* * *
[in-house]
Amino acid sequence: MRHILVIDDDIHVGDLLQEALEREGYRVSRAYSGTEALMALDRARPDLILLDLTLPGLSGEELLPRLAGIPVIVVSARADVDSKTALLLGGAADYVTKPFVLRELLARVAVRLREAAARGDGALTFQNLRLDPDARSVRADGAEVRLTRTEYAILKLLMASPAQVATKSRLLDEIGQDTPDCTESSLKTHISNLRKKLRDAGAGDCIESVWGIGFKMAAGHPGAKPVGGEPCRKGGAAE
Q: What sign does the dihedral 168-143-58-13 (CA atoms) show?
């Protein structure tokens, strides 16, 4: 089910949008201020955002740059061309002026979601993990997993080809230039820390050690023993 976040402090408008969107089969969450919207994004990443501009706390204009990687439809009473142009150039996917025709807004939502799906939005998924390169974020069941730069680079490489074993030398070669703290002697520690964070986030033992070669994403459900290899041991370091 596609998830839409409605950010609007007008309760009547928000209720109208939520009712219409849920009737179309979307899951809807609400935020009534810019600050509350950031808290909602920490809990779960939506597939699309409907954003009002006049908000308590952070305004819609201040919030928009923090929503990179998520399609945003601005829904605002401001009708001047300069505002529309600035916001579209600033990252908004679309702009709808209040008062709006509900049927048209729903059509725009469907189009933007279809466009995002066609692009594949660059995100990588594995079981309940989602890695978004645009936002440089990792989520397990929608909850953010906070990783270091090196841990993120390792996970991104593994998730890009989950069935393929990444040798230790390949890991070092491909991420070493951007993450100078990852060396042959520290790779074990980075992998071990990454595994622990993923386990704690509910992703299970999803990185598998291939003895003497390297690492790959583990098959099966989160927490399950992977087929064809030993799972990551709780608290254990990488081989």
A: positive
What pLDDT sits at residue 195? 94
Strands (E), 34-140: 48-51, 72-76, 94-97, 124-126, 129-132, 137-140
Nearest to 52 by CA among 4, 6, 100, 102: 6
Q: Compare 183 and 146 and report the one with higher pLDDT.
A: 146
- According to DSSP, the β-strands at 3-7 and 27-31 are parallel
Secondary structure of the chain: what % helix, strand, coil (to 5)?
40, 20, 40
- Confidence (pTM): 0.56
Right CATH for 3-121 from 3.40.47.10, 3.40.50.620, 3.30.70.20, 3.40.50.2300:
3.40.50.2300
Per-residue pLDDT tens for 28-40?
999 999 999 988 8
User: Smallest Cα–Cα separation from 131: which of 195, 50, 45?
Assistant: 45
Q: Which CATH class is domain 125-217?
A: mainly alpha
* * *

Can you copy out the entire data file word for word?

[in-house]
Amino acid sequence: MRHILVIDDDIHVGDLLQEALEREGYRVSRAYSGTEALMALDRARPDLILLDLTLPGLSGEELLPRLAGIPVIVVSARADVDSKTALLLGGAADYVTKPFVLRELLARVAVRLREAAARGDGALTFQNLRLDPDARSVRADGAEVRLTRTEYAILKLLMASPAQVATKSRLLDEIGQDTPDCTESSLKTHISNLRKKLRDAGAGDCIESVWGIGFKMAAGHPGAKPVGGEPCRKGGAAE
Q: What sign does the dihedral 168-143-58-13 (CA atoms) show?
């Protein structure tokens, strides 16, 4: 089910949008201020955002740059061309002026979601993990997993080809230039820390050690023993 976040402090408008969107089969969450919207994004990443501009706390204009990687439809009473142009150039996917025709807004939502799906939005998924390169974020069941730069680079490489074993030398070669703290002697520690964070986030033992070669994403459900290899041991370091 596609998830839409409605950010609007007008309760009547928000209720109208939520009712219409849920009737179309979307899951809807609400935020009534810019600050509350950031808290909602920490809990779960939506597939699309409907954003009002006049908000308590952070305004819609201040919030928009923090929503990179998520399609945003601005829904605002401001009708001047300069505002529309600035916001579209600033990252908004679309702009709808209040008062709006509900049927048209729903059509725009469907189009933007279809466009995002066609692009594949660059995100990588594995079981309940989602890695978004645009936002440089990792989520397990929608909850953010906070990783270091090196841990993120390792996970991104593994998730890009989950069935393929990444040798230790390949890991070092491909991420070493951007993450100078990852060396042959520290790779074990980075992998071990990454595994622990993923386990704690509910992703299970999803990185598998291939003895003497390297690492790959583990098959099966989160927490399950992977087929064809030993799972990551709780608290254990990488081989």
A: positive
What pLDDT sits at residue 195? 94
Strands (E), 34-140: 48-51, 72-76, 94-97, 124-126, 129-132, 137-140
Nearest to 52 by CA among 4, 6, 100, 102: 6
Q: Compare 183 and 146 and report the one with higher pLDDT.
A: 146
- According to DSSP, the β-strands at 3-7 and 27-31 are parallel
Secondary structure of the chain: what % helix, strand, coil (to 5)?
40, 20, 40
- Confidence (pTM): 0.56
Right CATH for 3-121 from 3.40.47.10, 3.40.50.620, 3.30.70.20, 3.40.50.2300:
3.40.50.2300
Per-residue pLDDT tens for 28-40?
999 999 999 988 8
User: Smallest Cα–Cα separation from 131: which of 195, 50, 45?
Assistant: 45
Q: Which CATH class is domain 125-217?
A: mainly alpha